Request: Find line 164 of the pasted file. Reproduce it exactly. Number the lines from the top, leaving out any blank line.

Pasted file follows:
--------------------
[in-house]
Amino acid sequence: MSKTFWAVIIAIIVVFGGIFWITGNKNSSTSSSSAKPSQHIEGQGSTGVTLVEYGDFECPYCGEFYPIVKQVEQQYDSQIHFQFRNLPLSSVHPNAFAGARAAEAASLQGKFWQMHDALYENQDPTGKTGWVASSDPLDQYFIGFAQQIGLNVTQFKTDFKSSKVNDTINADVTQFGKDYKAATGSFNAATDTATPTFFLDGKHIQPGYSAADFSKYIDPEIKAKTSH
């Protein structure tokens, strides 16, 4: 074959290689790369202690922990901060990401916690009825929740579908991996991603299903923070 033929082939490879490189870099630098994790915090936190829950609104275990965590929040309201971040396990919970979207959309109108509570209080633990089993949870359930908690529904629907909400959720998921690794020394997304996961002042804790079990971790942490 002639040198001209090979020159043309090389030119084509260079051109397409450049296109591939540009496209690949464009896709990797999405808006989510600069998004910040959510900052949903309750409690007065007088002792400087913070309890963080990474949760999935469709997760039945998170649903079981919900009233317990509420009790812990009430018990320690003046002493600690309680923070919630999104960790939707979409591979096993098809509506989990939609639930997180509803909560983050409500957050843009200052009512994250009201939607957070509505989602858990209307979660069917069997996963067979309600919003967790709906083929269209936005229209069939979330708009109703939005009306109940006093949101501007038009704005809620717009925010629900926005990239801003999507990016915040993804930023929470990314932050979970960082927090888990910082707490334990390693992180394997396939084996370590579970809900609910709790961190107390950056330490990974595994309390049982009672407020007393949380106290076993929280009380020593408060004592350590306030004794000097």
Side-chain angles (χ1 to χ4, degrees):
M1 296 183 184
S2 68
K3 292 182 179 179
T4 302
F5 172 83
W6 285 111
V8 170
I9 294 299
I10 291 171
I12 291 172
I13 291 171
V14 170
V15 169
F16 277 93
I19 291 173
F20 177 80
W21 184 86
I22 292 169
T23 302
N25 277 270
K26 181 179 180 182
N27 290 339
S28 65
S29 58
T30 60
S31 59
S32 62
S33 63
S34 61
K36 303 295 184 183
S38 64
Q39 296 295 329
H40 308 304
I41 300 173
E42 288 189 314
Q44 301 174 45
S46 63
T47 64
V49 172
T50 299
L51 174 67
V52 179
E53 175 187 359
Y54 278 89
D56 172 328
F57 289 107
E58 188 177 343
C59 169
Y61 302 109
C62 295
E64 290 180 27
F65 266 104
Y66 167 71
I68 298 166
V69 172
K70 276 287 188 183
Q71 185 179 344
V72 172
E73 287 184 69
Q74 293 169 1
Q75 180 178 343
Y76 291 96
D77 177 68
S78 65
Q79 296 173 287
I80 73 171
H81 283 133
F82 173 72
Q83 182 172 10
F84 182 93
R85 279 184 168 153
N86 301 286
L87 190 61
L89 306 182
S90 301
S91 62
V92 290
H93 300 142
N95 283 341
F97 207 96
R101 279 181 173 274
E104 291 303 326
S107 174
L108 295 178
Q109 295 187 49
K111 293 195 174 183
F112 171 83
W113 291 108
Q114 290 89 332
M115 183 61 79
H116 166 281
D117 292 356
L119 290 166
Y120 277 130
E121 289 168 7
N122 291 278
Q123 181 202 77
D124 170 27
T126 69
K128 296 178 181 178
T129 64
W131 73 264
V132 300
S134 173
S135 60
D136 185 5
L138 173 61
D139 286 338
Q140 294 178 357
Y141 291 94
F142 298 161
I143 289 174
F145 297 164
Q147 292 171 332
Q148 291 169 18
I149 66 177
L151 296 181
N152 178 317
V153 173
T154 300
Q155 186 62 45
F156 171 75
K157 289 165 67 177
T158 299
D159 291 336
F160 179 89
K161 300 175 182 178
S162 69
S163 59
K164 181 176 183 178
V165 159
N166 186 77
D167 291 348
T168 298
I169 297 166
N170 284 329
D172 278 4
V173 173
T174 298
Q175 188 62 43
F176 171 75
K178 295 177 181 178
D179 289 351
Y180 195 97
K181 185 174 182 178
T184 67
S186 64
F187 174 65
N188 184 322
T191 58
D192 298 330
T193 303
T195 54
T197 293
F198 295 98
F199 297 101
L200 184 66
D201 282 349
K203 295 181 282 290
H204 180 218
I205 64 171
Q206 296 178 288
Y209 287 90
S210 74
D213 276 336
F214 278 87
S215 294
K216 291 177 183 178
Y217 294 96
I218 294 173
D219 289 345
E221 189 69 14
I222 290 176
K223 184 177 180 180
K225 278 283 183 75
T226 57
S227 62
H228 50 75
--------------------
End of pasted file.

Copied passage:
H204 180 218